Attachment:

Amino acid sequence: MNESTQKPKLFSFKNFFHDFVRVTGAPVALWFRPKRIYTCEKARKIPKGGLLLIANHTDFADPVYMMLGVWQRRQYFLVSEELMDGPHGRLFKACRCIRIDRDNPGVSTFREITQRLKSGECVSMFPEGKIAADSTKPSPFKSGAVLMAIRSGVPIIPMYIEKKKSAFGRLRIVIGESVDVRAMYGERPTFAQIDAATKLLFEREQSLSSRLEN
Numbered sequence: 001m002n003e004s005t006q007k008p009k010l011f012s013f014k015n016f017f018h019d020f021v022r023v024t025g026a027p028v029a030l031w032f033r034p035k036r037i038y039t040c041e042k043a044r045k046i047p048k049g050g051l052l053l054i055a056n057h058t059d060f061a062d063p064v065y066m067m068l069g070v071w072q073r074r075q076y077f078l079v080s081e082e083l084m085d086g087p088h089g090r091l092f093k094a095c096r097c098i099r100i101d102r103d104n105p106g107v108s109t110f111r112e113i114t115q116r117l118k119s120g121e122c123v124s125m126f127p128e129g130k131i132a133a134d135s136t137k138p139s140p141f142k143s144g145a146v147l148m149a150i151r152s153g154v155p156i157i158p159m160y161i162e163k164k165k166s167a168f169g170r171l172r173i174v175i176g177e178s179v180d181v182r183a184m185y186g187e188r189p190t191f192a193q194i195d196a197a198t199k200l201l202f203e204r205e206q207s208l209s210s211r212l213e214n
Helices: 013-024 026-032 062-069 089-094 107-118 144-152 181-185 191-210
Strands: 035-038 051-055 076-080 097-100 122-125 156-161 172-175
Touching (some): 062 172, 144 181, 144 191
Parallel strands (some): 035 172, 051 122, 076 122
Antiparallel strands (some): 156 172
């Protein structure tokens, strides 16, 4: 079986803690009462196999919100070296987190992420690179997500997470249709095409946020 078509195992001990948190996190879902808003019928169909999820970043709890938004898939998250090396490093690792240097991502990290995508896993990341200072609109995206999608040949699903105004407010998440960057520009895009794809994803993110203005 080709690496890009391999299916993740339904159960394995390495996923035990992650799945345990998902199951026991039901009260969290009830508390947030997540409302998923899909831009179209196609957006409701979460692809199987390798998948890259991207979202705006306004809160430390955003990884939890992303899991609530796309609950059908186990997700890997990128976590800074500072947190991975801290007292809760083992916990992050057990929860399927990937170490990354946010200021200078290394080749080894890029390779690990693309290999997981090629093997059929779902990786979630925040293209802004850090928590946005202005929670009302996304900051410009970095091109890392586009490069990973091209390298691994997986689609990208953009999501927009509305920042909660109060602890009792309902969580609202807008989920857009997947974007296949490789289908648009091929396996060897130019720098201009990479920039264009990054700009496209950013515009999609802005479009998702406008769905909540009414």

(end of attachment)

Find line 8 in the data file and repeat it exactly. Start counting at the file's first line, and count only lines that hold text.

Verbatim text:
């Protein structure tokens, strides 16, 4: 079986803690009462196999919100070296987190992420690179997500997470249709095409946020 078509195992001990948190996190879902808003019928169909999820970043709890938004898939998250090396490093690792240097991502990290995508896993990341200072609109995206999608040949699903105004407010998440960057520009895009794809994803993110203005 080709690496890009391999299916993740339904159960394995390495996923035990992650799945345990998902199951026991039901009260969290009830508390947030997540409302998923899909831009179209196609957006409701979460692809199987390798998948890259991207979202705006306004809160430390955003990884939890992303899991609530796309609950059908186990997700890997990128976590800074500072947190991975801290007292809760083992916990992050057990929860399927990937170490990354946010200021200078290394080749080894890029390779690990693309290999997981090629093997059929779902990786979630925040293209802004850090928590946005202005929670009302996304900051410009970095091109890392586009490069990973091209390298691994997986689609990208953009999501927009509305920042909660109060602890009792309902969580609202807008989920857009997947974007296949490789289908648009091929396996060897130019720098201009990479920039264009990054700009496209950013515009999609802005479009998702406008769905909540009414």